DENVER – A federal judge in Colorado will allow tens of thousands of people housed at an Aurora immigration center who were required to work, in some instances for $1 a day, to form a class to continue a lawsuit against the company that is contracted by Immigration and Customs Enforcement to run the facility.
Nine people have filed lawsuits over the past two years against the GEO Group, which is contracted to run the ICE facility in Aurora. All were housed at the facility while awaiting deportation.
U.S. District Court of Colorado Judge John Kane granted them a class certification on Feb. 27 that also will extend their grievances to approximately 62,000 other people who were housed at the facility over the past 10 years.
The motion to certify the plaintiffs as a class was made last May. The nine plaintiffs had originally sued separately, claiming GEO was non-compliant with the Colorado Minimum Wages of Workers Act, had violated the Trafficking Victims Protection Act’s forced labor provision and had received unjust enrichment because of the plaintiffs’ work at the facility.
Judge Kane dismissed the Colorado wage claim before the ruling, but determined that the class-action claim for the TVPA violations and unjust enrichment could proceed for judgment.
The suit claims that GEO violated the TVPA by requiring people detained at the Aurora facility to perform cleaning and other work duties “under the threat of solitary confinement and other punishments” and that GEO was unjustly enriched because it paid people detained and participating in the voluntary work program just $1 per day.
GEO has argued that ICE facility standards require detainees to keep their areas clean, but that the Aurora facility’s policies “fall outside the scope of ICE’s personal housekeeping requirements.” GEO’s handbook says that people detained can be punished by criminal proceedings, job termination and up to three days in disciplinary segregation, which Judge Kane ruled constituted a “threat.”
The forced labor provision of the TVPA says “threats of force” cannot be used
Detainees were also able to work in a voluntary work program that ICE guidelines say should pay “at least $1.00 (USD) per day,” but their lawyers say GEO misled them to believe they could only be compensated $1 a day for their work.
Thus, the lawyers argue that GEO “derives significant economic benefit from its VWP,” and that it was thus been unjustly enriched.
Lawyers for GEO had argued that the suit should not be class certified because each plaintiffs’ experience at the facility was different and should be addressed individually, which Judge Kane wrote in his judgment was “ultimately unconvincing.”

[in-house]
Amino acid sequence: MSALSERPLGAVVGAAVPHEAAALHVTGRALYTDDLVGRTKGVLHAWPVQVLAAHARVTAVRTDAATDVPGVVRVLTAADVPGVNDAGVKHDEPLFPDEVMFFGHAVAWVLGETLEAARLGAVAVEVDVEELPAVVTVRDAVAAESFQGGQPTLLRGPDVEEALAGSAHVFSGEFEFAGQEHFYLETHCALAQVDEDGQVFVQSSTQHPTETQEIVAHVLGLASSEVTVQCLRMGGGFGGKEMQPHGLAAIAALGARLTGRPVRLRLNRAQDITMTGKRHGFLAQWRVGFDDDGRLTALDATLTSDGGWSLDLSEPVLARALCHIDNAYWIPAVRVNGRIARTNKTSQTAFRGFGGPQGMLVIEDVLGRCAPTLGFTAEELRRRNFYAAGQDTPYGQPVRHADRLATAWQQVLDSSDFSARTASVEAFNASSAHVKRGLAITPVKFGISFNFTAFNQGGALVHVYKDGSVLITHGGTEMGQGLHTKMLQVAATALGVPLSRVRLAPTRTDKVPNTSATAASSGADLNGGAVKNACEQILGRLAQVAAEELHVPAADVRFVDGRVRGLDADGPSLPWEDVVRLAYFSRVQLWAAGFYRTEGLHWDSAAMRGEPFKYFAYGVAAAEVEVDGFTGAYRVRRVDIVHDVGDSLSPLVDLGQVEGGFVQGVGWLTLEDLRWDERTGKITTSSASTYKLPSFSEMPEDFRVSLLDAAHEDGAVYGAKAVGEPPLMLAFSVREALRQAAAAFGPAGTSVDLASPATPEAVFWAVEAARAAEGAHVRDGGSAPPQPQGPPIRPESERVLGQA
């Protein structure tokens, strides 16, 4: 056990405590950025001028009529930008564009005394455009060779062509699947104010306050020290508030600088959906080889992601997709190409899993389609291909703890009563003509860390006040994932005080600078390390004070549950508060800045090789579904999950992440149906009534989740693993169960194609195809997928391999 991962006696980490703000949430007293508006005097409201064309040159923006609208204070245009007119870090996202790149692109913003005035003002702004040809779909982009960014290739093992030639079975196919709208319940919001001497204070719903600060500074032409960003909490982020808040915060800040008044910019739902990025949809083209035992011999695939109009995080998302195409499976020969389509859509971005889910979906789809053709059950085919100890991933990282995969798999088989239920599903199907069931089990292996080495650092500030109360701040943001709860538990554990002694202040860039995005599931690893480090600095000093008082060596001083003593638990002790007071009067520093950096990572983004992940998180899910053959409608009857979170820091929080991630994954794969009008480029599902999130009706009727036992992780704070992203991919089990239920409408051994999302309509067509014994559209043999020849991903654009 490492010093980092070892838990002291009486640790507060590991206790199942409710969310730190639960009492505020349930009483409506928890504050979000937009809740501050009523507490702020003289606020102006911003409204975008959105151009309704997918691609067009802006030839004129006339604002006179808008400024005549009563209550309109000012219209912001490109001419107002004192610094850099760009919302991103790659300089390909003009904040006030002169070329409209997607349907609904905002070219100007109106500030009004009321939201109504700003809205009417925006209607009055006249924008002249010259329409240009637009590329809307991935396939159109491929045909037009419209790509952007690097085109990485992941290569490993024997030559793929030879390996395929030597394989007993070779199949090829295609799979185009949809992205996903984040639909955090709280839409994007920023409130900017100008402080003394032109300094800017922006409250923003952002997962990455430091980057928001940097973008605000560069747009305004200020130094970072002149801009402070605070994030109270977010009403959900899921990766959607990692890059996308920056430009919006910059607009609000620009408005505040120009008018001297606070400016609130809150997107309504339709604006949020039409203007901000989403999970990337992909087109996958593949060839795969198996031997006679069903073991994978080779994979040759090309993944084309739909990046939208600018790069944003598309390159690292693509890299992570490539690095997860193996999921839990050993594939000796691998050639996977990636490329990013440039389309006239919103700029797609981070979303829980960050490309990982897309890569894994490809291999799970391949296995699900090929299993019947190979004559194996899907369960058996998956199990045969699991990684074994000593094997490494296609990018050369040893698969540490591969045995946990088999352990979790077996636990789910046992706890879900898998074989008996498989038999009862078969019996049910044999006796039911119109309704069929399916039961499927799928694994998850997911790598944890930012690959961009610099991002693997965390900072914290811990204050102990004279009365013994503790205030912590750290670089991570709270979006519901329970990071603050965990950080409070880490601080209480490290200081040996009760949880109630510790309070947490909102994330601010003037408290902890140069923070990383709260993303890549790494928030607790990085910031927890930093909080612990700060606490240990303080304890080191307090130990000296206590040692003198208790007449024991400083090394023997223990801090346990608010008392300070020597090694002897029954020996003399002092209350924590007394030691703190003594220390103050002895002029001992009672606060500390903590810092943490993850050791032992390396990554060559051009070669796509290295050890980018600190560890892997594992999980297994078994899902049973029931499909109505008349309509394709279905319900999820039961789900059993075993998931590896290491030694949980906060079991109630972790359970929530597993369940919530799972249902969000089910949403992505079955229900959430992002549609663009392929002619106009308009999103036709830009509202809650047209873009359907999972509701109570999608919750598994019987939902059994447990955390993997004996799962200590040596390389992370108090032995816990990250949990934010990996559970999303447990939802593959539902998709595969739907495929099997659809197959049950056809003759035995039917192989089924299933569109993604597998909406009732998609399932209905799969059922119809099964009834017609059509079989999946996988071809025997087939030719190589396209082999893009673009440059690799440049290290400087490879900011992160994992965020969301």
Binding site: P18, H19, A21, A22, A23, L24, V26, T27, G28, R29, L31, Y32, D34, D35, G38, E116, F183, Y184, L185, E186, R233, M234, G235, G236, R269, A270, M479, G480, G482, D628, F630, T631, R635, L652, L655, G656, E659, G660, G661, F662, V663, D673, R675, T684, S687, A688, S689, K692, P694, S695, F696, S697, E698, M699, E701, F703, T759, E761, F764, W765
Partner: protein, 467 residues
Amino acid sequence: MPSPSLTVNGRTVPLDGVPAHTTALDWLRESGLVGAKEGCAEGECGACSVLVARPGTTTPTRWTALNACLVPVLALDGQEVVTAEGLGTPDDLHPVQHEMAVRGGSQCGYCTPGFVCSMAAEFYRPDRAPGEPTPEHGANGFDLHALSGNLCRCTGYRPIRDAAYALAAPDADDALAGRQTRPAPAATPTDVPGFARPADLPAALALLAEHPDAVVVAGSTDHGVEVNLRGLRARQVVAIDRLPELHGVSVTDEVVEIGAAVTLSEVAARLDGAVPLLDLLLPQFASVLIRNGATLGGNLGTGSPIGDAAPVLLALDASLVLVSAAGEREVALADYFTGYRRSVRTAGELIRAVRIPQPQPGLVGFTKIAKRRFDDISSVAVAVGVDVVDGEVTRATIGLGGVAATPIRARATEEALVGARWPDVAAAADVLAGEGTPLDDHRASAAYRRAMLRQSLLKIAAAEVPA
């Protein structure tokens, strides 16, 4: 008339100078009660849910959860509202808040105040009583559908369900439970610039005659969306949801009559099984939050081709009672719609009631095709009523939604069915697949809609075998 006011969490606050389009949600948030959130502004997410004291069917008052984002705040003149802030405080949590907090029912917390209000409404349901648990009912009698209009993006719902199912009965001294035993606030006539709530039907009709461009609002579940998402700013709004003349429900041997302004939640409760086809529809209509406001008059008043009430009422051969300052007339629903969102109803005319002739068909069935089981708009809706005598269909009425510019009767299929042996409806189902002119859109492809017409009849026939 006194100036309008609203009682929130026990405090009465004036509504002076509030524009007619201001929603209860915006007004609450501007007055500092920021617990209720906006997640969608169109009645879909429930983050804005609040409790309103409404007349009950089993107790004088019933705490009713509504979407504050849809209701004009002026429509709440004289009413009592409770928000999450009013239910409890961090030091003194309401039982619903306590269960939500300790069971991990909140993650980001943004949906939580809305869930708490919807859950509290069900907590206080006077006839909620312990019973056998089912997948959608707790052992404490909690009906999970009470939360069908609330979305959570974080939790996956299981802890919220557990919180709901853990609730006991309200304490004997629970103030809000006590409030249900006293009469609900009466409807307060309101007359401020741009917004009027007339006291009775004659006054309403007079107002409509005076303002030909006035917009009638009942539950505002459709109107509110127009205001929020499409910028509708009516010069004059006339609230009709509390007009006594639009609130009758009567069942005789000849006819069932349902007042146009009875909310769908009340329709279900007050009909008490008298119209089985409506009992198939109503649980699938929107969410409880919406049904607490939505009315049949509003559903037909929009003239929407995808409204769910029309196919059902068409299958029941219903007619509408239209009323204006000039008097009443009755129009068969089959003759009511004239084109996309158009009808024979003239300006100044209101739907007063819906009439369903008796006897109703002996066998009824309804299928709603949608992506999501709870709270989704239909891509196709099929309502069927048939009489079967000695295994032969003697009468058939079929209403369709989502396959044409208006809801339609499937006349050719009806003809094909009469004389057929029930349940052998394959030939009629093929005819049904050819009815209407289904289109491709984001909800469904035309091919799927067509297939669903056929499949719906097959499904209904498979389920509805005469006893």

GEO had also argued that the claims did not hold water because none of the detainees were ever actually put in segregation for not cleaning. But Judge Kane hammered back at that claim as well.
“I find it irrelevant that no Representative was actually disciplined with segregation for violating the Policy, since the forced labor statute includes threats, schemes, plans, and patterns as improper means of coercion,” Judge Kane wrote.
In certifying the class, Judge Kane said all plaintiffs had at least one common question that needed to be answered: “Whether GEO received a benefit from VWP participants’ labor.”
Kane said a determination on that question “will resolve an issue central to the validity of the unjust enrichment claim in one stroke.”
The class seeks at least $5 million in damages for the thousands of current and former detainees.
The original suit was filed on the behalf of Alejandro Menocal, Marcos Brambila, Grisel Xahuentitla, Hugo Hernandez, Lourdes Argueta, Jesus Gaytan, Olga Alexaklina, Dagoberto Vizguerra and Demetrio Valegra. But the class action suit will apply to anyone housed at the Aurora facility over the past 10 years.
The attorneys representing the plaintiffs are all Denver-area immigration lawyers with extensive experience in immigration. They include Hans Meyer, who is representing Jeanette Vizguerra, an undocumented Mexican national who has taken sanctuary at a Denver church to avoid deportation.
GEO Group Vice President for Corporate Relations Pablo Paez continued to refute the allegations in a statement to Denver7 Friday:
“We have consistently, strongly refuted these allegations, and we intend to continue to vigorously defend our company against these claims. The volunteer work program at immigration facilities as well as the wage rates and standards associated with the program are set by the Federal government. Our facilities, including the Aurora, Colo. Facility, are highly rated and provide high-quality services in safe, secure, and humane residential environments pursuant to the Federal Government’s national standards.”